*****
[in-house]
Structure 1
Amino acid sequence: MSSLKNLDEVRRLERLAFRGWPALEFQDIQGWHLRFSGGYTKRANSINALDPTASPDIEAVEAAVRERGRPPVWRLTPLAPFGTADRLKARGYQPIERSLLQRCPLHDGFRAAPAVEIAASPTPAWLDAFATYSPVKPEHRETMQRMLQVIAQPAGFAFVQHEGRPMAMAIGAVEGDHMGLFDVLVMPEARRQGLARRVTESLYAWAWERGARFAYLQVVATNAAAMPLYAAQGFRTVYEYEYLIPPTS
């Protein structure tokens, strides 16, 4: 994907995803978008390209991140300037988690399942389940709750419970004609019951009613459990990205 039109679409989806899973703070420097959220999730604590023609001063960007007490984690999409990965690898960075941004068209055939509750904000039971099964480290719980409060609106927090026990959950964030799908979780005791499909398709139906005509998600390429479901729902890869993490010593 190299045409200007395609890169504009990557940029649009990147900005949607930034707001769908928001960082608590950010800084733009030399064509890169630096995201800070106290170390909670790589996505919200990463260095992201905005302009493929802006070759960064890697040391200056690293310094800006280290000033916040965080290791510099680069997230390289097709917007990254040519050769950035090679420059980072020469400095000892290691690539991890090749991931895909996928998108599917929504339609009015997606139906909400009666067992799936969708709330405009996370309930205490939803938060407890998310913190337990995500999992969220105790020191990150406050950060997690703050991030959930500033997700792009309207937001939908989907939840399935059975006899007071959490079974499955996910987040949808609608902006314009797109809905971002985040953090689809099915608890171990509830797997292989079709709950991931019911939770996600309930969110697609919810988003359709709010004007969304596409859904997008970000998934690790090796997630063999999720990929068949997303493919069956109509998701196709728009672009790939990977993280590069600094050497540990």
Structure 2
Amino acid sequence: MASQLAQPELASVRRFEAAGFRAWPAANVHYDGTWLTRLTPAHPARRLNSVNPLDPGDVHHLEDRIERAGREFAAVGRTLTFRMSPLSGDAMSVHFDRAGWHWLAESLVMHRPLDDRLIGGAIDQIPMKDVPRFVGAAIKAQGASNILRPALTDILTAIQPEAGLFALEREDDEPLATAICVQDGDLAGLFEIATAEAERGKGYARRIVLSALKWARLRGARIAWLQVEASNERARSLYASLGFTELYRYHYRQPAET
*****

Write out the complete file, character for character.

[in-house]
Structure 1
Amino acid sequence: MSSLKNLDEVRRLERLAFRGWPALEFQDIQGWHLRFSGGYTKRANSINALDPTASPDIEAVEAAVRERGRPPVWRLTPLAPFGTADRLKARGYQPIERSLLQRCPLHDGFRAAPAVEIAASPTPAWLDAFATYSPVKPEHRETMQRMLQVIAQPAGFAFVQHEGRPMAMAIGAVEGDHMGLFDVLVMPEARRQGLARRVTESLYAWAWERGARFAYLQVVATNAAAMPLYAAQGFRTVYEYEYLIPPTS
């Protein structure tokens, strides 16, 4: 994907995803978008390209991140300037988690399942389940709750419970004609019951009613459990990205 039109679409989806899973703070420097959220999730604590023609001063960007007490984690999409990965690898960075941004068209055939509750904000039971099964480290719980409060609106927090026990959950964030799908979780005791499909398709139906005509998600390429479901729902890869993490010593 190299045409200007395609890169504009990557940029649009990147900005949607930034707001769908928001960082608590950010800084733009030399064509890169630096995201800070106290170390909670790589996505919200990463260095992201905005302009493929802006070759960064890697040391200056690293310094800006280290000033916040965080290791510099680069997230390289097709917007990254040519050769950035090679420059980072020469400095000892290691690539991890090749991931895909996928998108599917929504339609009015997606139906909400009666067992799936969708709330405009996370309930205490939803938060407890998310913190337990995500999992969220105790020191990150406050950060997690703050991030959930500033997700792009309207937001939908989907939840399935059975006899007071959490079974499955996910987040949808609608902006314009797109809905971002985040953090689809099915608890171990509830797997292989079709709950991931019911939770996600309930969110697609919810988003359709709010004007969304596409859904997008970000998934690790090796997630063999999720990929068949997303493919069956109509998701196709728009672009790939990977993280590069600094050497540990």
Structure 2
Amino acid sequence: MASQLAQPELASVRRFEAAGFRAWPAANVHYDGTWLTRLTPAHPARRLNSVNPLDPGDVHHLEDRIERAGREFAAVGRTLTFRMSPLSGDAMSVHFDRAGWHWLAESLVMHRPLDDRLIGGAIDQIPMKDVPRFVGAAIKAQGASNILRPALTDILTAIQPEAGLFALEREDDEPLATAICVQDGDLAGLFEIATAEAERGKGYARRIVLSALKWARLRGARIAWLQVEASNERARSLYASLGFTELYRYHYRQPAET